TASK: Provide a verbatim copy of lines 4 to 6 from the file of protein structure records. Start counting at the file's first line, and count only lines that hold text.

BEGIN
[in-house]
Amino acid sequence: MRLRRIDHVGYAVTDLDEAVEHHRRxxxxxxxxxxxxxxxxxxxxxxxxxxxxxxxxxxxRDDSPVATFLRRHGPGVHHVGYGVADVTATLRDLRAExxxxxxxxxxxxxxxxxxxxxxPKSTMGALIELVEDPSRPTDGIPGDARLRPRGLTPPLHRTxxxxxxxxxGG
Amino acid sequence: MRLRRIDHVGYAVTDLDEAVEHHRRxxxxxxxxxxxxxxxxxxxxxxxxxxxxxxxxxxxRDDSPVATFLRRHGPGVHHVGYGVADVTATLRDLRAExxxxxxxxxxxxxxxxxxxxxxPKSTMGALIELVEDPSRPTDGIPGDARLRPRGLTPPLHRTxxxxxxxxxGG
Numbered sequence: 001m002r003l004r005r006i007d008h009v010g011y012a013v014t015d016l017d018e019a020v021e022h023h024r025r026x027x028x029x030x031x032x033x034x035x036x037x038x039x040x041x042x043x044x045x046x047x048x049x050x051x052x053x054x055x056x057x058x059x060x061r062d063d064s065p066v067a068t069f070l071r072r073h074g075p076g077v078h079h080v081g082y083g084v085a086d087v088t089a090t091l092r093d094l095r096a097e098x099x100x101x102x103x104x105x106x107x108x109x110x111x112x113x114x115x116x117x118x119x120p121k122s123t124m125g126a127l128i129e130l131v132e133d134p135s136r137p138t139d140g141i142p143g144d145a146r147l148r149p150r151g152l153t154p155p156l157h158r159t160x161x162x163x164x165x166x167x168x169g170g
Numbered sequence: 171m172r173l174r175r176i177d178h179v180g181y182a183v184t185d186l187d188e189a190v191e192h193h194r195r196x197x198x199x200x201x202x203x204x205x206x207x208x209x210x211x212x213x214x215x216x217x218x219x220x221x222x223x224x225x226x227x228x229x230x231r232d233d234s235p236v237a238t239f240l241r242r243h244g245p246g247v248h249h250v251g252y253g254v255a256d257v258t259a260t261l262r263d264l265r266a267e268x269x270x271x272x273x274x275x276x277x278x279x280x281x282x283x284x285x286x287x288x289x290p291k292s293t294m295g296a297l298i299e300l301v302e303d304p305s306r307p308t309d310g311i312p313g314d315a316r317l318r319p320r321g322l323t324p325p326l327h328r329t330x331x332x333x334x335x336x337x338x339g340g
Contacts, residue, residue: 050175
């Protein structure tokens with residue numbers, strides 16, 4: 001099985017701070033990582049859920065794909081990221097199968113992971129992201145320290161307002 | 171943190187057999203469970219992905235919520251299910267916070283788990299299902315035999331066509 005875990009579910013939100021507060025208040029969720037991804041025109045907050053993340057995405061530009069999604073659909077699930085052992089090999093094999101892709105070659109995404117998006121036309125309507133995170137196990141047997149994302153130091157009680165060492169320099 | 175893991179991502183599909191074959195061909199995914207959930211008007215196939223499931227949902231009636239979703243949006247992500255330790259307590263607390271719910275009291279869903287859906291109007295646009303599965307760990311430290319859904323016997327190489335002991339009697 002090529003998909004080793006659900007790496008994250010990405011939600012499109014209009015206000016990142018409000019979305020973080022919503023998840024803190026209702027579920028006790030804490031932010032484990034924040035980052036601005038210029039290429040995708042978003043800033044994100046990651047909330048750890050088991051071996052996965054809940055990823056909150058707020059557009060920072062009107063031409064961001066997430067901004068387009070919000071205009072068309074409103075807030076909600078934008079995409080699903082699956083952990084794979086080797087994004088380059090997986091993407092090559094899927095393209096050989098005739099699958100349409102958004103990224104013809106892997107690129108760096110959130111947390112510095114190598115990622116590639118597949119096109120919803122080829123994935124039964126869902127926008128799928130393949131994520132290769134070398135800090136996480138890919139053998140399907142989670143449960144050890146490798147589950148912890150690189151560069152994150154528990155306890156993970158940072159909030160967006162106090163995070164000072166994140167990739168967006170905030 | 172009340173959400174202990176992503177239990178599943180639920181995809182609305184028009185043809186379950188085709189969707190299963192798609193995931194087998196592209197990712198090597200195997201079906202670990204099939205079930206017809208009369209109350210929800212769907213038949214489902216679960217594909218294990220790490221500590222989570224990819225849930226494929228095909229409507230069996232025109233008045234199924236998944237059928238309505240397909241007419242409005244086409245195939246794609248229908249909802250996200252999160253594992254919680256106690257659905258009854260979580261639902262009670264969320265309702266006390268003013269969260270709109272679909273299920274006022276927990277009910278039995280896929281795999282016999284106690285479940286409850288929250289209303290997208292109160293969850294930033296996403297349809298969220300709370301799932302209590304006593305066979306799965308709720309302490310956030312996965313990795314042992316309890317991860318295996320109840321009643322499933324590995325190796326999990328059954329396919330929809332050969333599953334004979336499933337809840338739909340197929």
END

Numbered sequence: 001m002r003l004r005r006i007d008h009v010g011y012a013v014t015d016l017d018e019a020v021e022h023h024r025r026x027x028x029x030x031x032x033x034x035x036x037x038x039x040x041x042x043x044x045x046x047x048x049x050x051x052x053x054x055x056x057x058x059x060x061r062d063d064s065p066v067a068t069f070l071r072r073h074g075p076g077v078h079h080v081g082y083g084v085a086d087v088t089a090t091l092r093d094l095r096a097e098x099x100x101x102x103x104x105x106x107x108x109x110x111x112x113x114x115x116x117x118x119x120p121k122s123t124m125g126a127l128i129e130l131v132e133d134p135s136r137p138t139d140g141i142p143g144d145a146r147l148r149p150r151g152l153t154p155p156l157h158r159t160x161x162x163x164x165x166x167x168x169g170g
Numbered sequence: 171m172r173l174r175r176i177d178h179v180g181y182a183v184t185d186l187d188e189a190v191e192h193h194r195r196x197x198x199x200x201x202x203x204x205x206x207x208x209x210x211x212x213x214x215x216x217x218x219x220x221x222x223x224x225x226x227x228x229x230x231r232d233d234s235p236v237a238t239f240l241r242r243h244g245p246g247v248h249h250v251g252y253g254v255a256d257v258t259a260t261l262r263d264l265r266a267e268x269x270x271x272x273x274x275x276x277x278x279x280x281x282x283x284x285x286x287x288x289x290p291k292s293t294m295g296a297l298i299e300l301v302e303d304p305s306r307p308t309d310g311i312p313g314d315a316r317l318r319p320r321g322l323t324p325p326l327h328r329t330x331x332x333x334x335x336x337x338x339g340g
Contacts, residue, residue: 050175